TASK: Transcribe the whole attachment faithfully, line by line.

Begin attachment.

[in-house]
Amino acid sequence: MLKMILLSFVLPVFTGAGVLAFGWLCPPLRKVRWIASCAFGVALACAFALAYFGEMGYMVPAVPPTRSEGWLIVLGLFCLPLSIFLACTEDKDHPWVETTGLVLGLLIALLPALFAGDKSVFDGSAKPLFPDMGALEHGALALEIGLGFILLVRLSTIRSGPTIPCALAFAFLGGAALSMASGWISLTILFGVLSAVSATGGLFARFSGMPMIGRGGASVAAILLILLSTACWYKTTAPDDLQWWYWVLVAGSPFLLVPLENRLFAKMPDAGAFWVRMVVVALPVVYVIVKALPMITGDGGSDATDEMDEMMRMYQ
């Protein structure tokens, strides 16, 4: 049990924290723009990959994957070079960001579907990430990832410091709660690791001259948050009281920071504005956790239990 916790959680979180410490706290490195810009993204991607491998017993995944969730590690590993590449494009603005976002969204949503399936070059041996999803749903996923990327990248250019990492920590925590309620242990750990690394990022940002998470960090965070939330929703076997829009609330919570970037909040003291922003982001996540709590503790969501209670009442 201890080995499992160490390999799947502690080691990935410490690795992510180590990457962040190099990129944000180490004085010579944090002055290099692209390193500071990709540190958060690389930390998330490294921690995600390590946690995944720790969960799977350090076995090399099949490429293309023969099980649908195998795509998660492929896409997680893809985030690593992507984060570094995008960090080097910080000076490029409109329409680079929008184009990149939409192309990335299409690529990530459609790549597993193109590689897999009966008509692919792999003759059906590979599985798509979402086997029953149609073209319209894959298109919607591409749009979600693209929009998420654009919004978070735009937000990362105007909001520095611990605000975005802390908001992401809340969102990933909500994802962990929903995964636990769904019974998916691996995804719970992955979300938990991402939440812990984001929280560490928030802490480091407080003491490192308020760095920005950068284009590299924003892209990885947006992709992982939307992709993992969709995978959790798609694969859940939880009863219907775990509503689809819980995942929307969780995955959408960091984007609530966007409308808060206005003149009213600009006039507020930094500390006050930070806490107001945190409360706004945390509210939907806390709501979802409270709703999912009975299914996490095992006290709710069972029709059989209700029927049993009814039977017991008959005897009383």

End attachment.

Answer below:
[in-house]
Amino acid sequence: MLKMILLSFVLPVFTGAGVLAFGWLCPPLRKVRWIASCAFGVALACAFALAYFGEMGYMVPAVPPTRSEGWLIVLGLFCLPLSIFLACTEDKDHPWVETTGLVLGLLIALLPALFAGDKSVFDGSAKPLFPDMGALEHGALALEIGLGFILLVRLSTIRSGPTIPCALAFAFLGGAALSMASGWISLTILFGVLSAVSATGGLFARFSGMPMIGRGGASVAAILLILLSTACWYKTTAPDDLQWWYWVLVAGSPFLLVPLENRLFAKMPDAGAFWVRMVVVALPVVYVIVKALPMITGDGGSDATDEMDEMMRMYQ
């Protein structure tokens, strides 16, 4: 049990924290723009990959994957070079960001579907990430990832410091709660690791001259948050009281920071504005956790239990 916790959680979180410490706290490195810009993204991607491998017993995944969730590690590993590449494009603005976002969204949503399936070059041996999803749903996923990327990248250019990492920590925590309620242990750990690394990022940002998470960090965070939330929703076997829009609330919570970037909040003291922003982001996540709590503790969501209670009442 201890080995499992160490390999799947502690080691990935410490690795992510180590990457962040190099990129944000180490004085010579944090002055290099692209390193500071990709540190958060690389930390998330490294921690995600390590946690995944720790969960799977350090076995090399099949490429293309023969099980649908195998795509998660492929896409997680893809985030690593992507984060570094995008960090080097910080000076490029409109329409680079929008184009990149939409192309990335299409690529990530459609790549597993193109590689897999009966008509692919792999003759059906590979599985798509979402086997029953149609073209319209894959298109919607591409749009979600693209929009998420654009919004978070735009937000990362105007909001520095611990605000975005802390908001992401809340969102990933909500994802962990929903995964636990769904019974998916691996995804719970992955979300938990991402939440812990984001929280560490928030802490480091407080003491490192308020760095920005950068284009590299924003892209990885947006992709992982939307992709993992969709995978959790798609694969859940939880009863219907775990509503689809819980995942929307969780995955959408960091984007609530966007409308808060206005003149009213600009006039507020930094500390006050930070806490107001945190409360706004945390509210939907806390709501979802409270709703999912009975299914996490095992006290709710069972029709059989209700029927049993009814039977017991008959005897009383």